It is Christmas Eve day and there is much to be done but none of it is of utmost importance with the exception of the preparation of the eggnog I suppose, which is taking on an almost totemic importance in my mind.
Mr. Moon seems fine today. That chicken soup settled on his belly just lovely and I made it with some Chinese noodles I had instead of brown rice, which is how I usually make it. He loves the noodles and it was for him, so I did it and now he is well so I am glad. He is already off to town and I really don't know why but he is and I think he's going to go see the boys because he misses them. My mother always asks me, "Does Glen like being a grandfather?" as if she was worried about that. As if she was afraid that he wouldn't settle happily into that role.
"He loves it," I tell her. "He is the best grandfather. He adores those boys."
And it's true.
It really is all about the children, isn't it? Whether you're talking about Christmas or, as President Obama said in his talk at that vigil in Newtown, that our number one job always is keeping the children safe, or whether you're talking about our species or any species for that matter.
Obama said something like, "When you are taking care of the children, you know you are doing right."
There is no wiggle room in that statement. It is just the damn truth.
The story of the baby Jesus being laid in the manger is such a heart-tugger, isn't it? You know what I think? I think that Mary didn't lay baby Jesus in a manger. I think that she and Joseph made a bed of the hay on the floor of the barn and they laid down together on it with their baby between them so that he could suckle and they could worship.
Every couple, if given the chance, worships their newborn baby, stunned in wonder that they have created this new life. And that is a holy moment in time. It is a moment that no parent forgets, that adoration of the baby after the storm and pain of labor has ended, as his eyes go from one parent to another the way new babies do, as if all of the knowledge and wisdom of the world is there behind those eyes and the baby is simply recognizing that which is already implanted there. And then the offering and the taking of the breast and the relaxation of mother and child as that particular and lovely connection is made and formed and begun.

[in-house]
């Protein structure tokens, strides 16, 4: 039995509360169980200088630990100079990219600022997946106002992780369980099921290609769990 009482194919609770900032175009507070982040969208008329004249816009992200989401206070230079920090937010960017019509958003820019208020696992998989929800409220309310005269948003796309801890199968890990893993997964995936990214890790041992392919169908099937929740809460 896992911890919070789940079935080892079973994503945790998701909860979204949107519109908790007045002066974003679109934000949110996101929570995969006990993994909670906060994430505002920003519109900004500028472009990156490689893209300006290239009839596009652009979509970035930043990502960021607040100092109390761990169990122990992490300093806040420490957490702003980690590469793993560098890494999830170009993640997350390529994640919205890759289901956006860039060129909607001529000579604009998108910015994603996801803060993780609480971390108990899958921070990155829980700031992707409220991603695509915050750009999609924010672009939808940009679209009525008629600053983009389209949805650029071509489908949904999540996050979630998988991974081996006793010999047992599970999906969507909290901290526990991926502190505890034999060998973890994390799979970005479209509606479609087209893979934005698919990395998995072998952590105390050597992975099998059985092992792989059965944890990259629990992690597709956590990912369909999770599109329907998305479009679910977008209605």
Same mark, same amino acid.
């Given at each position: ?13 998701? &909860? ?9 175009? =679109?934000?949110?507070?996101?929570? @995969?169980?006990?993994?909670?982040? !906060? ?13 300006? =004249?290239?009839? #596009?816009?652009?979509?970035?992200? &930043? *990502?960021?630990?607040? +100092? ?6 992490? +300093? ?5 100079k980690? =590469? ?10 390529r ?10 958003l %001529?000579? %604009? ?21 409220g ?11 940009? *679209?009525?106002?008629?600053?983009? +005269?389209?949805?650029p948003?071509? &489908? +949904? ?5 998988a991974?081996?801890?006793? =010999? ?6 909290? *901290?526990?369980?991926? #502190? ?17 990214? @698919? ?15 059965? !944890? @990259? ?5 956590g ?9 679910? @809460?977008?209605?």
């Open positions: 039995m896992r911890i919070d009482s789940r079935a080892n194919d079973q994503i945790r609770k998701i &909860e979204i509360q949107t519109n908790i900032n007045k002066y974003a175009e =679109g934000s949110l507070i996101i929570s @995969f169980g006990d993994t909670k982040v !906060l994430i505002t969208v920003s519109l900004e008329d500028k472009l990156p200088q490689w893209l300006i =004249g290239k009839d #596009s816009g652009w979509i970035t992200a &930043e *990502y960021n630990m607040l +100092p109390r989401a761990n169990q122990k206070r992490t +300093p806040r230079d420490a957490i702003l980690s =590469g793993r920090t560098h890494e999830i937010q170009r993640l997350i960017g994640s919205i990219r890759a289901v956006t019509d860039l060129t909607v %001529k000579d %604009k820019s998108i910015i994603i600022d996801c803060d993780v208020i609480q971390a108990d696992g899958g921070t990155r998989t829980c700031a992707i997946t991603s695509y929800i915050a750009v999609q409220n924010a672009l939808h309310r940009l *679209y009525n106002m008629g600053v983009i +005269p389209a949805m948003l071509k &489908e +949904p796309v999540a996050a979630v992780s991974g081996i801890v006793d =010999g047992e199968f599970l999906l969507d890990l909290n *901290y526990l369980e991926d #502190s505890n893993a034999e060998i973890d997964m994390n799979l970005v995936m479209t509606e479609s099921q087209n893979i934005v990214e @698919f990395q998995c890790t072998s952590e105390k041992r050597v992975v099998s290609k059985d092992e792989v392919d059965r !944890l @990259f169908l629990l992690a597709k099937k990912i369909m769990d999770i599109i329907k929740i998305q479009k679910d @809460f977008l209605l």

A most holy moment and a moment of miracle, just as all of the newborn moments between mother and child are. After the miracle of life-being-created and the miracle of milk-from-the-breast, why in the world would we feel the need to attribute walking on water or turning water into wine to a man in order to ordain him with holiness?
These seem to me, compared to that moment of birth, to pale in comparison. To be cheap tricks.
Raise the dead?
I don't think so.
As dear Beth Coyote said last night in her post (and you should go and read it here) humans love to make shit up. We love stories. We thrive on them and embellish them and embroider them and repeat them and with each repeating there is more gold, more frankincense, more myrrh, and angels appear before shepherds and a star suddenly appears in the East even if none of it makes much sense. What newborn needs frankincense? I think that a few good women probably heard about the baby being born in a barn (if any of this story is true) and came with food and some old soft blankets and helped tidy up the place a bit and made sure everyone was fed and it wouldn't surprise me one bit to learn that a midwife had been summoned and had helped deliver the child.
Which would all be miraculous enough.
Good morning. It is the Day of the Eve of Christmas and somewhere right down the road I am sure that a woman is beginning the pangs of labor and tomorrow will deliver a child and that child will be as holy as any other child ever born on this earth. You too, me too, we were all born and were all holy and most likely still are, at least in my definition of the word. It's just that the world gets in the way of it all and we forget what we knew when we were born and looked at our parents with those eyes of knowing and knowledge.
Take away all the supernatural and you are left with what is the miracle which is life, pure and simple, and we must take care of the babies and the children and when we do that, we are doing right.
You are one of the babies too. Remember that. And I will try too and no matter what your Christmas rituals are or include and even if you don't acknowledge the day at all just remember that- our holiness, our light. They are present simply because we are alive, today and tomorrow and yesterday and even in our darkest moments, even if we cannot feel them one iota, they are.
Today I am going to break the eggs that my beautiful hens have given me- life, again- and I am going to look at each lovely sun of a yolk and that, too, will be a reminder and we will drink those yolks with cream (holy milk!) and spirits, my babies around me, my miracles, my light, my joy and we will all share the light and the love which are unique to each of us and yet, somehow, the same within all of us, no matter who we are.